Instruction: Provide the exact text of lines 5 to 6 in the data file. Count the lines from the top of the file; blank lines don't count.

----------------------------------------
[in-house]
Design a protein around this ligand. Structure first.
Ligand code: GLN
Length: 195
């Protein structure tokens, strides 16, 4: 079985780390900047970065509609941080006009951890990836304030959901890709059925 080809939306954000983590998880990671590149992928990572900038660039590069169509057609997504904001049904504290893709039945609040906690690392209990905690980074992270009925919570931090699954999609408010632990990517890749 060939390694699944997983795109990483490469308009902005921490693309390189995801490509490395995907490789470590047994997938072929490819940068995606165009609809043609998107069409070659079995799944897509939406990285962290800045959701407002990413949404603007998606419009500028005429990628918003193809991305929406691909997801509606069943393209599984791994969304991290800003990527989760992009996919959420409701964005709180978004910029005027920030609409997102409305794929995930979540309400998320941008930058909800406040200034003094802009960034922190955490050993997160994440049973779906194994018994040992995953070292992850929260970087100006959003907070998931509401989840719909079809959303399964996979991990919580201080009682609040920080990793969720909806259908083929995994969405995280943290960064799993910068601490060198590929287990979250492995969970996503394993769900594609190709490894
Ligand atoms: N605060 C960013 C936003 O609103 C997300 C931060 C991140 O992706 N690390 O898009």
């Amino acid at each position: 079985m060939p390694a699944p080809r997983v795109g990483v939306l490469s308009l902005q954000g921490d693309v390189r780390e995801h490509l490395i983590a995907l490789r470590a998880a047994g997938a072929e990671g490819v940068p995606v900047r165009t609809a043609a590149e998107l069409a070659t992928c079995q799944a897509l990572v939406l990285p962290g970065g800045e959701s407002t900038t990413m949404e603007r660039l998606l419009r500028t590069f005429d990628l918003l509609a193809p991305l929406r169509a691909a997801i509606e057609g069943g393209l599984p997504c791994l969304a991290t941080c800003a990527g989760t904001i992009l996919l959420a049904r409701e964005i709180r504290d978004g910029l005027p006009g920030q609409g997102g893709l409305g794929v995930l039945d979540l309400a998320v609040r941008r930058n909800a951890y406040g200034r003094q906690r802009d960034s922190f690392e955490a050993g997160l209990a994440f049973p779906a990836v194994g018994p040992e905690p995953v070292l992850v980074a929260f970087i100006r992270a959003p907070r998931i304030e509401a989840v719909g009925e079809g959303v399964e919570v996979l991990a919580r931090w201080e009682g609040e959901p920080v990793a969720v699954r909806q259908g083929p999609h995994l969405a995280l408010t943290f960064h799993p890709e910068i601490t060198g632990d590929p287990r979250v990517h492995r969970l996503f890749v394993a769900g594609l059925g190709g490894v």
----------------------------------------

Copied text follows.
């Protein structure tokens, strides 16, 4: 079985780390900047970065509609941080006009951890990836304030959901890709059925 080809939306954000983590998880990671590149992928990572900038660039590069169509057609997504904001049904504290893709039945609040906690690392209990905690980074992270009925919570931090699954999609408010632990990517890749 060939390694699944997983795109990483490469308009902005921490693309390189995801490509490395995907490789470590047994997938072929490819940068995606165009609809043609998107069409070659079995799944897509939406990285962290800045959701407002990413949404603007998606419009500028005429990628918003193809991305929406691909997801509606069943393209599984791994969304991290800003990527989760992009996919959420409701964005709180978004910029005027920030609409997102409305794929995930979540309400998320941008930058909800406040200034003094802009960034922190955490050993997160994440049973779906194994018994040992995953070292992850929260970087100006959003907070998931509401989840719909079809959303399964996979991990919580201080009682609040920080990793969720909806259908083929995994969405995280943290960064799993910068601490060198590929287990979250492995969970996503394993769900594609190709490894
Ligand atoms: N605060 C960013 C936003 O609103 C997300 C931060 C991140 O992706 N690390 O898009």